But in a thriller, I'd want more excitement, more sense that this is a setting where something thrilling is about to happen. See how this moves beyond the generic in that third item of the list-- police and journalists, no big deal (could be the championship college basketball team is coming home), but strange, beautiful people in colorful costumes? Immediate re-jiggering. Maybe it's Mardi Gras and this is Rio... or maybe this is Gay Pride week in San Francisco. See, you don't have to give all the answers in the first few lines... the trick is getting the reader to ask the right questions.

The temperature was threatening to break the hundred-degree mark for the third day in a row, and the air conditioning strained to keep up.

Now this I'd probably have as the start of the second paragraph. Why? Well, remember what Theresa said about paragraph unity. Inside the airport, the journalists, the strange people, Katie... that's unified. And the 100 degree temp is OUTSIDE. (The airconditioning is inside; all the more reason for this sentence to be in a second paragraph, which is usually a transitional paragraph, so can unite inside and outside.)

Notice also that it breaks up the "inside-Katie" sentences-- more reason for it to go elsewhere.

Back to Katie:
She watched the jet from Deep Six taxi across the tarmac, circled by a woman sporting feathered wings.

Okay, something to observe here. Notice that the "hook," the unusual aspect (woman with wings) is withheld to the end of the first paragraph. That is, you don't need to put the hook in the first line! Trust us... we'll read the whole first paragraph. :) (You all are going to think we're really lazy, if we're reassuring you about that. )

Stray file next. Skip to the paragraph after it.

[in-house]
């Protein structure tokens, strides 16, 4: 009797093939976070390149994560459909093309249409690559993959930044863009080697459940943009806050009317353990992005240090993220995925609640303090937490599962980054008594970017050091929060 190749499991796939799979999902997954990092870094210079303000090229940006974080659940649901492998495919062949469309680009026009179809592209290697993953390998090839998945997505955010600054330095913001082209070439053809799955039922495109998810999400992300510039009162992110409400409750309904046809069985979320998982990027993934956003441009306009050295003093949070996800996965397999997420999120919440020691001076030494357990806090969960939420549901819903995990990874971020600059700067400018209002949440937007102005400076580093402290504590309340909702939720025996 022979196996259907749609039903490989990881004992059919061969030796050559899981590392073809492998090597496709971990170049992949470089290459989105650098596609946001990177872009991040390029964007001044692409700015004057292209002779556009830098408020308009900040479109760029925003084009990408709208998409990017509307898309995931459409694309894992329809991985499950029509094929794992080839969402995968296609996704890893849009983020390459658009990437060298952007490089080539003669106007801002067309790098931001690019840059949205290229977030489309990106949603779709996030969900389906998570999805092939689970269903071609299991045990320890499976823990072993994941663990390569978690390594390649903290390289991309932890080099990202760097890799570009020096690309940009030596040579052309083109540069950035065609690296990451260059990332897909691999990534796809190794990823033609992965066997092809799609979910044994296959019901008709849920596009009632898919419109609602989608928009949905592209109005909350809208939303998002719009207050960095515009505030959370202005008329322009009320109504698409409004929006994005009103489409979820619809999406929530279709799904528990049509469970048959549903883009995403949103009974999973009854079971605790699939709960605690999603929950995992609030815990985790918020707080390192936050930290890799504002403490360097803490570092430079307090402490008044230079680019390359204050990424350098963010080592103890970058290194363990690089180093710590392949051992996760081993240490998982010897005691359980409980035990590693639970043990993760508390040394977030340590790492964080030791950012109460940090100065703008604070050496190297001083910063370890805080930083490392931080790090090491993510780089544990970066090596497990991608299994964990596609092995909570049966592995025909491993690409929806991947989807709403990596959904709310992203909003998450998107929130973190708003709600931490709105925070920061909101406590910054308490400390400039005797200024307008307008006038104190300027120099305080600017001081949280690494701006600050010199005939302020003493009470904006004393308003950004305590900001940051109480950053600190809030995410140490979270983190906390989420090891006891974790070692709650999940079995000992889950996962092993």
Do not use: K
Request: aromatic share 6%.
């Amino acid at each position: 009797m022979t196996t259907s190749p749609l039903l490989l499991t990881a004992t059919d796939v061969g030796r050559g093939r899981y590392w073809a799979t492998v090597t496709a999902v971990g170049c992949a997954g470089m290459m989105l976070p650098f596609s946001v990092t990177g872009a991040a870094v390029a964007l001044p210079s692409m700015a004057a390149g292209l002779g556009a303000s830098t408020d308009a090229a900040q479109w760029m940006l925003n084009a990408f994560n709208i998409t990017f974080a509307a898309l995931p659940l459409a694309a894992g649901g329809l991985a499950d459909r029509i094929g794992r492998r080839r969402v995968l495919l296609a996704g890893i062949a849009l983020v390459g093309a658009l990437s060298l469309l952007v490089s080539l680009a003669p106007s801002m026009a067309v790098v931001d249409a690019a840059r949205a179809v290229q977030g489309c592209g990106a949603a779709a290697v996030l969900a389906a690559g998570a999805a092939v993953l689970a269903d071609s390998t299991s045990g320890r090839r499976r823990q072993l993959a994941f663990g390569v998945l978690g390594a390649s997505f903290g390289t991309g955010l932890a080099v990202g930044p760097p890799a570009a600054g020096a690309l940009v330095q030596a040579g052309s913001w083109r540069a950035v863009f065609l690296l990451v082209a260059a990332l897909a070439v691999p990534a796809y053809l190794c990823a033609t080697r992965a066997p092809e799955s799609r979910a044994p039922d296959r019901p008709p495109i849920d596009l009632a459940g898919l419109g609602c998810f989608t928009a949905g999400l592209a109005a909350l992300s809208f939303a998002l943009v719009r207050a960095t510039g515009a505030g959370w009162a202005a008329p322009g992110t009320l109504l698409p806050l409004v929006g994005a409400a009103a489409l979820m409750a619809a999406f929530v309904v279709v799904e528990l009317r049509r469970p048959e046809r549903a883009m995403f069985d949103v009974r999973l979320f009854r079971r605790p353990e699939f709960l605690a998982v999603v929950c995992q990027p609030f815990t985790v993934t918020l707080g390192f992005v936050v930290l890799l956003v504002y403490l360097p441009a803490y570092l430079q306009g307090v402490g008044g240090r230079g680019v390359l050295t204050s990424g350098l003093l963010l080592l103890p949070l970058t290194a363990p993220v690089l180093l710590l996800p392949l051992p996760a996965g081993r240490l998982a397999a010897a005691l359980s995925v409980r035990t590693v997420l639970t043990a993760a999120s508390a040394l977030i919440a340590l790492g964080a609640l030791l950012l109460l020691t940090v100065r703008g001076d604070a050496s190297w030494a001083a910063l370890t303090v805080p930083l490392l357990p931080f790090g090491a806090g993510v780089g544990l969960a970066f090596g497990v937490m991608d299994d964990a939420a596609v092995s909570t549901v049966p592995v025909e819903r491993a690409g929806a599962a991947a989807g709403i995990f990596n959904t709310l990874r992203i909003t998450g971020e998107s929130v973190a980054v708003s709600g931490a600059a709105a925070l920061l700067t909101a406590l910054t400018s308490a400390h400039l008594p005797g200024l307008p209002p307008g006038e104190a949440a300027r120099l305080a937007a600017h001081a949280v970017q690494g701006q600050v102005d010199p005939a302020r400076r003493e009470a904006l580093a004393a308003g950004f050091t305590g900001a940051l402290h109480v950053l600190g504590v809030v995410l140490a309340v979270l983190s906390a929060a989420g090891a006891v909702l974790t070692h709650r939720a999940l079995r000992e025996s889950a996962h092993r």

Now my only thought here is that, well, two thoughts.... 1) I like ending the first paragraph on a slight puzzle, especially attached to a more understandable situation (woman waiting at airport). and 2) Read that aloud. What's circled? The tarmac (last noun), the jet? Or Katie? Really, that past participle could modify any of the three noun/pronouns in the sentence. I first read it that the tarmac was circled (because participles usually modify the closest noun), but then it made more sense that it was the jet. But then I envisioned the feathered woman swooping UNDER the jet (circled?) and that sounded dangerous, so I wondered if maybe Katie was being circled---

You don't want me coming up with this many scenarious, just because you didn't put the modifier in precisely the right place. You want me effortlessly moving on to paragraph 2 with just the right picture-- your picture-- in mind.

So... picky, picky. I know. What the hey. It's a good opening-- I had to strain to find something I could pick at. :)

Now stop and think about what the reader will be asking and thinking and waiting for at this juncture?

I am thinking, "So how is Katie FEELING!!!" because I read mostly for character. (Really, it's embarrassing-- I was joint-reading a Dorothy Dunnett novel with a group, and they all knew not only who poisoned the hero, but also how it happened, and I pretty much missed all that, but I totally knew how the hero FELT about being betrayed by his loyal employee. :)

Another reader might be thinking, "What's with the feathered woman?"

And a third might wonder, "Deep Six? Cool! A special ops team, right?"